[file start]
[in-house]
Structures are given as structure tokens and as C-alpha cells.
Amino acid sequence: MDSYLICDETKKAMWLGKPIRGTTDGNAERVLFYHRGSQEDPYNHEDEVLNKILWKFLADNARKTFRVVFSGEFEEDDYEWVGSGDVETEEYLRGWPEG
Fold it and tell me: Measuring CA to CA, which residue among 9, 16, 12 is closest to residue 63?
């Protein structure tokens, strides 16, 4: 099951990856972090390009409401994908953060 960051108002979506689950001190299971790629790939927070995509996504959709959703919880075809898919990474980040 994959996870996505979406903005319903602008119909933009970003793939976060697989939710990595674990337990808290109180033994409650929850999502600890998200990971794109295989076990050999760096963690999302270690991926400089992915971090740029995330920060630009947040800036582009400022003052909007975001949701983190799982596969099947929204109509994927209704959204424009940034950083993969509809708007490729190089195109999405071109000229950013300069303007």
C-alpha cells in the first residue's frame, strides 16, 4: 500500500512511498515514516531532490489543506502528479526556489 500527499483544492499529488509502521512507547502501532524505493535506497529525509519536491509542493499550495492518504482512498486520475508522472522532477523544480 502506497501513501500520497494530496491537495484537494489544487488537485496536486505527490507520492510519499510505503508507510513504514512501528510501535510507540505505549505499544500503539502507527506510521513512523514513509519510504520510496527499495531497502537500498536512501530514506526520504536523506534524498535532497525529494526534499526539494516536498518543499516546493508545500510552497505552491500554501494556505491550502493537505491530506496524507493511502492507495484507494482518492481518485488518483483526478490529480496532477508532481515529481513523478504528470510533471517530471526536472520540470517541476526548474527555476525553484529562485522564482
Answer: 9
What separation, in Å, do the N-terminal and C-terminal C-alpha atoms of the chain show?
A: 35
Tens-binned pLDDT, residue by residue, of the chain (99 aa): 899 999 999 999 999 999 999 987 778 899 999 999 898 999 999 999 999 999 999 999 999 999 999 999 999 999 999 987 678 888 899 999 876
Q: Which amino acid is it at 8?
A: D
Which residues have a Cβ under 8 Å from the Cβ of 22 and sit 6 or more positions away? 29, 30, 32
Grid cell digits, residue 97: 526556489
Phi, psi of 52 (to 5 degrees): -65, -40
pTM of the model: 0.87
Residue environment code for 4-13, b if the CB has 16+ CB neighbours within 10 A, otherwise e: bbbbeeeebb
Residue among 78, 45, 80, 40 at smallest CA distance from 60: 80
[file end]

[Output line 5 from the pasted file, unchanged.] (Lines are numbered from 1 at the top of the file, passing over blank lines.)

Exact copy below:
């Protein structure tokens, strides 16, 4: 099951990856972090390009409401994908953060 960051108002979506689950001190299971790629790939927070995509996504959709959703919880075809898919990474980040 994959996870996505979406903005319903602008119909933009970003793939976060697989939710990595674990337990808290109180033994409650929850999502600890998200990971794109295989076990050999760096963690999302270690991926400089992915971090740029995330920060630009947040800036582009400022003052909007975001949701983190799982596969099947929204109509994927209704959204424009940034950083993969509809708007490729190089195109999405071109000229950013300069303007």